What HM said is correct, the 'zero latency' modes these devices advertise is very specifically a pass-thru for the analogue signal, i.e. from a guitar. What you need is something entirely more difficult to shop for; which is a device that is powerful enough to take MIDI data from your TD3, pass it to your PC via a USB or PCI connection, then pass that back again out to your monitors or headphones as fast as possible, within about 12milliseconds (some say that is the acceptable maximum)

                Mapped out it should look like:


                [TD-3]________________(MIDI Cable)_____________[Audio Interface]______________(USB 2.0 Cable)_______________[PC]
                |_______________________[Speakers]





                Here is the research I'm referencing from:

                dawbench-llp-05-13-1.jpg

                See also: http://dawbench(dot)com/images/dawbench-llp-05-13-2.jpg The Roland Octa-capture is not on there because they've stupidly not sent a device for testing to the same guy doing the control tests. But others have quoted they manage to get "6.3-6.4 ms RTL" out of it.

                Important to mention that a decent CPU will be needed for those 32 buffer sizes. As lower buffer = more CPU stress.
                So the 32 buffer sizes may not be possible for everybody. I think it probably requires an Intel i5 or i7 running at least 3.2GHz upwards with the speedstep turned off.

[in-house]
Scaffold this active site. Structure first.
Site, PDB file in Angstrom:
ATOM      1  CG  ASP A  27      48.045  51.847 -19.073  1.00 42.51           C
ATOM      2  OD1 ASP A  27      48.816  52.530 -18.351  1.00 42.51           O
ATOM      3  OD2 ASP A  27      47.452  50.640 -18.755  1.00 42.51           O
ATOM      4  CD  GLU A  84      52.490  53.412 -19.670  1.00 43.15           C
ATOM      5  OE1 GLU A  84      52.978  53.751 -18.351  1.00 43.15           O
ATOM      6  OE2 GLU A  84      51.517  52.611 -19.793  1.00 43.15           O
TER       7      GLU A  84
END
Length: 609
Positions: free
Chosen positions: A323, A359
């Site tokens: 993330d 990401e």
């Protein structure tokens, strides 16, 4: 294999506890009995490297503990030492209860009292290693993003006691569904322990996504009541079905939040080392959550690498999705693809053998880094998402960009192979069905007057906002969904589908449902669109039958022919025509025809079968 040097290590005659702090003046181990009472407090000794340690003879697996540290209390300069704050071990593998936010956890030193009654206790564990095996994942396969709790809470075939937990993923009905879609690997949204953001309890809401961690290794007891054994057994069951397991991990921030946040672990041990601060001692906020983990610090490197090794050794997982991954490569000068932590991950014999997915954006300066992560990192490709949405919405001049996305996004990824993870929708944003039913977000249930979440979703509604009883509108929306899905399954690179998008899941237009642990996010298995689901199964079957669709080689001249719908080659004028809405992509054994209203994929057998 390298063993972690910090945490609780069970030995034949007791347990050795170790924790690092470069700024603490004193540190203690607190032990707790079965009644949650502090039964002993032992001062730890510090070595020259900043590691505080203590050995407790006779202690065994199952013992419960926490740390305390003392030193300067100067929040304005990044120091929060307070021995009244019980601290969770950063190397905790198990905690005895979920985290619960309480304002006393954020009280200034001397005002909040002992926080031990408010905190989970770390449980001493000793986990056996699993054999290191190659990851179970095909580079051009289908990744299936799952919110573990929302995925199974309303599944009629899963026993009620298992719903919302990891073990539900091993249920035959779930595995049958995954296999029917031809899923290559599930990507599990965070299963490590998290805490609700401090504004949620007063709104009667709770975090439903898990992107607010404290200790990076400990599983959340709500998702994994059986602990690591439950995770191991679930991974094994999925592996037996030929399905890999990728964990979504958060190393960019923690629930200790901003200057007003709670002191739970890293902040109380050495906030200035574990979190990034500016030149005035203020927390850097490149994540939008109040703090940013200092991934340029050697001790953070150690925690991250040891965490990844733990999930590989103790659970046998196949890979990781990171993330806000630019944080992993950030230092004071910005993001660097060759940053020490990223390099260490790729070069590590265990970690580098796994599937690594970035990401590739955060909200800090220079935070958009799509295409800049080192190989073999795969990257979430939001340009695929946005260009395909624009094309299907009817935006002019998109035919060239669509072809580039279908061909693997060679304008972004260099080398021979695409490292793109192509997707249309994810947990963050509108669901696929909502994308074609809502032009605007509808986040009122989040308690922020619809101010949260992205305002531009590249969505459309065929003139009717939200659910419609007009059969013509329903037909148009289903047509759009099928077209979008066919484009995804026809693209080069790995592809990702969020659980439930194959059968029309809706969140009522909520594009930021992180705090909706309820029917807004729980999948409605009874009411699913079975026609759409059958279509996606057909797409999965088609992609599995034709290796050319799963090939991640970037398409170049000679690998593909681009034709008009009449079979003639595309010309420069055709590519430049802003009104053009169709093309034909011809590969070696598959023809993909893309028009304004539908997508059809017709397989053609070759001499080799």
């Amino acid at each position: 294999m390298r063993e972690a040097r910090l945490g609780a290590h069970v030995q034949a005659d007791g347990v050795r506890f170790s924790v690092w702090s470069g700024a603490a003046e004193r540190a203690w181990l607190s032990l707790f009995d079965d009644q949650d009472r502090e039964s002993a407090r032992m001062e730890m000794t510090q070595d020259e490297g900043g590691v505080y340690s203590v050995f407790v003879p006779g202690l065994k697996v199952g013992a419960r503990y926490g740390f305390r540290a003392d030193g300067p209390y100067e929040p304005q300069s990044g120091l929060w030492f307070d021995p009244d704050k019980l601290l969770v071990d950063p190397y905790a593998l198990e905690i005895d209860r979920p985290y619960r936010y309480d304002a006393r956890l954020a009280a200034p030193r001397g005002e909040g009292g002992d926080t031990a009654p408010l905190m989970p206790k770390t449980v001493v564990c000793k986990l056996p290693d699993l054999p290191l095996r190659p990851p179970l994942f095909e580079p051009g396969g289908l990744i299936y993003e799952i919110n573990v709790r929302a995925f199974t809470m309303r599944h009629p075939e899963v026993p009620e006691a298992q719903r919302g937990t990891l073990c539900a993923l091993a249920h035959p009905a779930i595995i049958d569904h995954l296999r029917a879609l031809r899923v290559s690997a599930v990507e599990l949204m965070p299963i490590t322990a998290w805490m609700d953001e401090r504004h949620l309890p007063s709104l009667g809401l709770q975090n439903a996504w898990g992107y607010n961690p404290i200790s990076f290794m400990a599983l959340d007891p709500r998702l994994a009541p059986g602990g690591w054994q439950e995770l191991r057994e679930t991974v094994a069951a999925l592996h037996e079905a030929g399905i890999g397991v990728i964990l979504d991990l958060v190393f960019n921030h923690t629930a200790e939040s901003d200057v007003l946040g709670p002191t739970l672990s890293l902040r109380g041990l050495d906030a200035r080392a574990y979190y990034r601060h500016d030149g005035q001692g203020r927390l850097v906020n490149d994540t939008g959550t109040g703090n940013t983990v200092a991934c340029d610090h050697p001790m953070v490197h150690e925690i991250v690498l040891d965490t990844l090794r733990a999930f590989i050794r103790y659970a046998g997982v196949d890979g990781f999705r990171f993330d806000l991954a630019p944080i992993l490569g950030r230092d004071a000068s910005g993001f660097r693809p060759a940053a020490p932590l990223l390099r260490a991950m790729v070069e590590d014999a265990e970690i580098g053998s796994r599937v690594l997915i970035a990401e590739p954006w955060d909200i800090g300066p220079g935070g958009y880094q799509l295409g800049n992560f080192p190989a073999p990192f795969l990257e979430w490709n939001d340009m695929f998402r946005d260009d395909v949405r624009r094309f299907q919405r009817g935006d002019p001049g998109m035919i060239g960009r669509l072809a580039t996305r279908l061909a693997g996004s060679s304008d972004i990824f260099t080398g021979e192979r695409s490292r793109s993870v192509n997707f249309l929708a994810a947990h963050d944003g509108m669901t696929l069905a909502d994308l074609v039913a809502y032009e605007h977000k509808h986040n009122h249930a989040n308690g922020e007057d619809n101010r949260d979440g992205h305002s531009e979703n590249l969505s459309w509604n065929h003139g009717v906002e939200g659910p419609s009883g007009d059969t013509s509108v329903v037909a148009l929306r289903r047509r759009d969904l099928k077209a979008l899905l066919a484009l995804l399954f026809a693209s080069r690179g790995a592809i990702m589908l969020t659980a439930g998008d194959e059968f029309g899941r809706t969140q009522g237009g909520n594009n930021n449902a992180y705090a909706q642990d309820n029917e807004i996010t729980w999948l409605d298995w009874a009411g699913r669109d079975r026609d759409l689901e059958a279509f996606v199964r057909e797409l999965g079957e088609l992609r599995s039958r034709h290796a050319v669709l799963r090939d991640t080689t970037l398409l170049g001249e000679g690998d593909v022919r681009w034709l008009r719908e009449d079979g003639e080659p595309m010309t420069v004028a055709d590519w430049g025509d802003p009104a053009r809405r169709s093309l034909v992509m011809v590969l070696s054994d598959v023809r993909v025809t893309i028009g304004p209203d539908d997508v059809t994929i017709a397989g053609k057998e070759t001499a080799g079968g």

Last edited by Kabonfaiba; 03-14-14, 03:21 PM.
                ◾ Diamond Drums 4pc in Di-Noc carbon ◾ MegaDRUM
                ◾ Roland UA-1010 / cymbals / KT-10 (x2) ◾ Tama / Gibraltar hardware ◾ JBL LSR3 Series 2.1 Monitoring ◾ Pearl THMP-1
                PA Comparison Sheet

                Comment


                • #9
                  I'm using a 3-year old iMac (dual core) if that makes a difference.

                  I'm not in a position to spend more than about $200 on an interface at this point (the 2i4 is slightly more but i'll be using gift cards), so that's why i was curious about the Scarlett series specifically. I only wanted to "splurge" for the 2i4 if the MIDI capability would allow me to record my own playing w/o latency. If that's not possible (sounds like it's not), i can get the 2i2 for cheaper.
                  TD-3//EZDrummer//Superior 2.0//Pacific, Pearl, DDrum//Zildjian, Sabian//DW

                  Comment


                  • #10
                    Well you'll absolutely need MIDI in because there's no other way of plugging into your TD-3 otherwise!

                    My advice, check to see if your iMac has any FireWire ports... if so, find a new Focusrite Saffire Pro 14 or a used Focusrite Saffire Pro 24 and buy that, instead of the 2i4. - It's considered one of the best of the older generation and I guarantee it will achieve lower latencies than the 2i4 ever will for the same cost (hopefully, I'm not sure about US prices).